Battle of Trenton 1776

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TRENTON, BATTLE OF. During the American Revolution, following General George Washington's evacuation of New Jersey, the British general William Howe established two unsupported cantonments of 1,500 Hessians each, at Bordentown and Trenton. Washington, sure the enemy only awaited the freezing of the Delaware River to seize Philadelphia, planned a simultaneous surprise movement against both cantonments, with the main blow falling at Trenton.

On Christmas night, with 2,500 troops, he crossed the Delaware at McKonkey's Ferry, eight miles above Trenton. Delayed by floating ice and a storm of sleet and snow, his two columns, under his command and that of General John Sullivan, reached the village at 8:00 a.m., in broad daylight. The Hessians, who had spent Christmas night celebrating, were completely surprised. Their commandant, Colonel Johann Rall, who had ignored warnings of the attack, seemed nonplussed. The Americans fired from houses and cellars and from behind trees and fences, while their artillery raked the two main streets of the town. In the battle, lasting scarcely forty minutes, thirty Hessians were killed (including Rall), and one thousand were taken prisoner, while the Americans had only two officers and two privates wounded. Two supporting divisions failed to cross the river until the following day; meanwhile, the Hessians at Bordentown safely withdrew.

Coming so swiftly after a succession of bitter defeats, this victory infused new life into the revolutionary cause, restored confidence in Washington both at home and abroad, strengthened the resolution of Congress, and, coupled with the victory at Princeton a few days later, practically freed New Jersey of British control.


Bill, Alfred H. The Campaign of Princeton, 1776–1777. Princeton, N.J.: Princeton University Press, 1948.

Dwyer, William M. The Day Is Ours!: November 1776–January 1777: An Inside View of the Battles of Trenton and Princeton. New York: Viking, 1983.

Stryker, William S. The Battles of Trenton and Princeton. Boston: Houghton Mifflin, 1898. Reprint, Spartanburg, S.C.: Reprint Co., 1967.

C. A.Titus/a. r.

See alsoDelaware, Washington Crossing the ; German Mercenaries ; New Jersey ; Princeton, Battle of ; Revolution, American: Military History .

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By December 1776 the Continental Army, reeling from a series of defeats that resulted in the loss of New York and New Jersey, seemed to be in the process of dissolution. As Congress retreated from Philadelphia to the relative safety of Baltimore and the army faced the expiration of the enlistments of all but fourteen hundred men, the future appeared bleak indeed. Defeat had severely impacted Patriot morale and even George Washington privately admitted that the end might be near.

Washington quickly recovered from such pessimism and displayed the determination and resourcefulness that were such prominent marks of his character. He knew that the British garrisons at Trenton and Princeton were isolated and exposed to attack. The garrison of fourteen hundred Hessians at Trenton, under the command of Colonel Johann Rall, was of particular interest. Homesick and exhausted from weeks of dealing with hostile elements in "pacified" New Jersey, the Hessians made an inviting target.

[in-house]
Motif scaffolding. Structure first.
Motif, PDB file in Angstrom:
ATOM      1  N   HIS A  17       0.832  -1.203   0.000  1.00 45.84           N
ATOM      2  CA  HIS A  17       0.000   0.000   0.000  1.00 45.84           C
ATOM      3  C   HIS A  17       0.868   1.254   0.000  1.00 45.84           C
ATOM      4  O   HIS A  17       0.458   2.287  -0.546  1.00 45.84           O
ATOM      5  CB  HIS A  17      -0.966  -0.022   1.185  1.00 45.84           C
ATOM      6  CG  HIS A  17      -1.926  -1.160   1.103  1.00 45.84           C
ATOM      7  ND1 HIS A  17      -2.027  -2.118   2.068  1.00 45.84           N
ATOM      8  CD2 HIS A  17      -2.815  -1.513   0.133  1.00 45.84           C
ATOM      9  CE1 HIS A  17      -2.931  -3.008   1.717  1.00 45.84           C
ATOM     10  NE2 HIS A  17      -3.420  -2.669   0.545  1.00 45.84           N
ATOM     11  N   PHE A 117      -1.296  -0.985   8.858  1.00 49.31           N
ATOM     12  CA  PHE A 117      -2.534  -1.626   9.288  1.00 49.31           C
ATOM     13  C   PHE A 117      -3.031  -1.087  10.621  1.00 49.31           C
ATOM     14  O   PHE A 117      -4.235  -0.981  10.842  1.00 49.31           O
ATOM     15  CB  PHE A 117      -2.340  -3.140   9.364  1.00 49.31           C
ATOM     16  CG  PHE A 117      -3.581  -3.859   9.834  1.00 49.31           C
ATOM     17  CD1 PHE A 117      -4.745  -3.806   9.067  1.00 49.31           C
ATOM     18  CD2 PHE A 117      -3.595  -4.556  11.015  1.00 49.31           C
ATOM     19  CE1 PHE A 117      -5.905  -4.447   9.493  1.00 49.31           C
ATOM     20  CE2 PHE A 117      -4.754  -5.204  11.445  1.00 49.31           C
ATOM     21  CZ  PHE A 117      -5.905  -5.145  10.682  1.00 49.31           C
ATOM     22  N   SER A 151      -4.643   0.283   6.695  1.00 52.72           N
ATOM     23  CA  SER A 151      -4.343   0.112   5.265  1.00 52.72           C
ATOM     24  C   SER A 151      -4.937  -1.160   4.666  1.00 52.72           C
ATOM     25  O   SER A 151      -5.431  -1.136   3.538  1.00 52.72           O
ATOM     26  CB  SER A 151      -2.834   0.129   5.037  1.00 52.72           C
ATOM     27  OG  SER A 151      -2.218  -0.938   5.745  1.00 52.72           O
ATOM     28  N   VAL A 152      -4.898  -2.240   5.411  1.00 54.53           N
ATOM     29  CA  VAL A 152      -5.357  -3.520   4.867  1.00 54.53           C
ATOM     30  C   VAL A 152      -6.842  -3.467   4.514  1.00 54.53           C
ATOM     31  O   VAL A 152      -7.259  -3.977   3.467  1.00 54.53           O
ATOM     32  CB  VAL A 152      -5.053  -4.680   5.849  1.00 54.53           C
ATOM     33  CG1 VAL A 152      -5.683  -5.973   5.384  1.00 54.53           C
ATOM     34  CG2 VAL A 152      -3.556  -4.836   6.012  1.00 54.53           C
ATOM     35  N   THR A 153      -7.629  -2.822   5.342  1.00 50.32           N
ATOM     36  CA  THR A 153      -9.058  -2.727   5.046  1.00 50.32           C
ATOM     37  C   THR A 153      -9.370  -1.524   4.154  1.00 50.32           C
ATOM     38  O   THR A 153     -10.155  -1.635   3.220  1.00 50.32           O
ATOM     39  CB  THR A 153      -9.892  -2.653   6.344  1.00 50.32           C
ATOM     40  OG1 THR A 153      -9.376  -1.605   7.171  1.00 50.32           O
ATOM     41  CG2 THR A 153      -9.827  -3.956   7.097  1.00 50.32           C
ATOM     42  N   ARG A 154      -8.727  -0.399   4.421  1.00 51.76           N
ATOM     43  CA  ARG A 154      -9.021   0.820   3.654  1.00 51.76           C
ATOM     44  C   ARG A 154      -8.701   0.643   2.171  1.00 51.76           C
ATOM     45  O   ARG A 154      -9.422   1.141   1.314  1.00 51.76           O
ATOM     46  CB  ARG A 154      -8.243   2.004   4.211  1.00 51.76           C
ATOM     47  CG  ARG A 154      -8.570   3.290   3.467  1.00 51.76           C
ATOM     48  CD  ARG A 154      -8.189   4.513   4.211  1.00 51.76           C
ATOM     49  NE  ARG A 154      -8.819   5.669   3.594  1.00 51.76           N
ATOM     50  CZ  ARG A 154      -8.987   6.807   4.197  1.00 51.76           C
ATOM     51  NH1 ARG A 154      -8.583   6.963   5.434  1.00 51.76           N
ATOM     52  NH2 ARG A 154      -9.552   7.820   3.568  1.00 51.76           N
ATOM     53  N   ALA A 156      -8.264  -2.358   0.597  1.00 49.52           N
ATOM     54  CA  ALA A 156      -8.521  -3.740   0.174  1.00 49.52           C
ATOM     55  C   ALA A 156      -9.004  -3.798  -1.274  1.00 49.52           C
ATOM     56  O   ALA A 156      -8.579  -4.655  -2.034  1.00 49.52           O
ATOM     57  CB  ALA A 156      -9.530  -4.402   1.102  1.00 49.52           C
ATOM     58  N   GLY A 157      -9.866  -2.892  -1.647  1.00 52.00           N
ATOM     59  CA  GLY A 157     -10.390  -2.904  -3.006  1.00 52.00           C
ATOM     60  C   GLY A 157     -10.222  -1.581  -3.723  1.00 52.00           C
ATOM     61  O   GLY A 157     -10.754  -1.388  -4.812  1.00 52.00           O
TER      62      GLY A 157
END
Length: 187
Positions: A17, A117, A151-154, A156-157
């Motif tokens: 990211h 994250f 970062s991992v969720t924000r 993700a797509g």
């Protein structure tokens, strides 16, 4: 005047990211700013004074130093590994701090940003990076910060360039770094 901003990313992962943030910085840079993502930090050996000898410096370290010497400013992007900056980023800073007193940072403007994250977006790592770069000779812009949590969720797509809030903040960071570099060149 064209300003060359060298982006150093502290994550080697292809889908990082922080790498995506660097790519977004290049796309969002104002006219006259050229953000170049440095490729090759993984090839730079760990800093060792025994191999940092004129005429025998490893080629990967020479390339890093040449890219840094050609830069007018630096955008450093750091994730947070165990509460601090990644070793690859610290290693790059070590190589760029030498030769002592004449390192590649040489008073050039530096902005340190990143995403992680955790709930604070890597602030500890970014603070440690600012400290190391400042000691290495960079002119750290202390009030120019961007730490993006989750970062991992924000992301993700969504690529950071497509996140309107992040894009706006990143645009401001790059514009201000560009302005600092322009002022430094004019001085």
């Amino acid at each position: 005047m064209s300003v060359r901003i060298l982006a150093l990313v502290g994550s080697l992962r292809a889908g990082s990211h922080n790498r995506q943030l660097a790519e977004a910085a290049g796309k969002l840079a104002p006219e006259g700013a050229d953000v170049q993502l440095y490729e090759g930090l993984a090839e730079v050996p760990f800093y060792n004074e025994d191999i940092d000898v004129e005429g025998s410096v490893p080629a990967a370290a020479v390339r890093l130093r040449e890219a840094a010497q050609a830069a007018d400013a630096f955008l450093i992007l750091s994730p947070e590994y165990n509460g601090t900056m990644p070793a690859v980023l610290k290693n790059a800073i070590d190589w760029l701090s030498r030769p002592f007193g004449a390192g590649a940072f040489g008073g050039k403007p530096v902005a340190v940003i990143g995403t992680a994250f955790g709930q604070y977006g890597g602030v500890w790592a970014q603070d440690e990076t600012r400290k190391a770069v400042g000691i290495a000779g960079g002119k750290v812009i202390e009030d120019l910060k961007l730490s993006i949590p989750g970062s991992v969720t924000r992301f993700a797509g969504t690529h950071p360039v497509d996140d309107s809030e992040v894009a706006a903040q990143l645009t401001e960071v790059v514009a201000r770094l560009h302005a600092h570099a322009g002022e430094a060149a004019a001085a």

The crossing of the Delaware River, on Christmas evening 1776, has rightfully assumed a prominent position in American iconography. If the crossing did not match the image of indomitable courage in the famous, and largely inaccurate, Emmanuel Leutze painting of 1851, it was indeed heroic. The unsung heroes were Colonel John Glover and his Marblehead mariners, who managed the crossing on a raw and bitter night in which rain, sleet, snow, wind, and floating ice made the crossing difficult and dangerous. Though Washington deplored the delays caused by the weather, the bitter night actually assisted his designs, as weather conditions, rather than the alcohol of legend, were largely responsible for the achievement of surprise. The fighting lasted only an hour and a half and, at the cost of less than ten men killed and wounded; the Americans killed or captured over nine hundred Hessians, including Colonel Rall, who was killed.

Trenton was Washington's most striking victory. Though other campaigns possessed more strategic significance, the victory at Trenton, and the less conclusive fighting at Princeton a week later, rejuvenated Patriot morale and carried the cause through the difficult winter of 1776–1777.

See alsoHessians; Revolution: Military History .


Fischer, David Hackett. Washington's Crossing. New York: Oxford University Press, 2004.

Ketchum, Richard M. The Winter Soldiers. New York: Doubleday, 1973.

Daniel McDonough

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Trenton, battle of, 1776. Washington's attack upon Trenton in New Jersey, though small scale, gave a welcome victory after the loss of New York in September 1776. Early in the morning of Christmas Day, the Americans attacked the Hessian garrison under the command of Colonel Rall. Nearly 1,000 Hessians were taken prisoner and their commander killed.

J. A. Cannon

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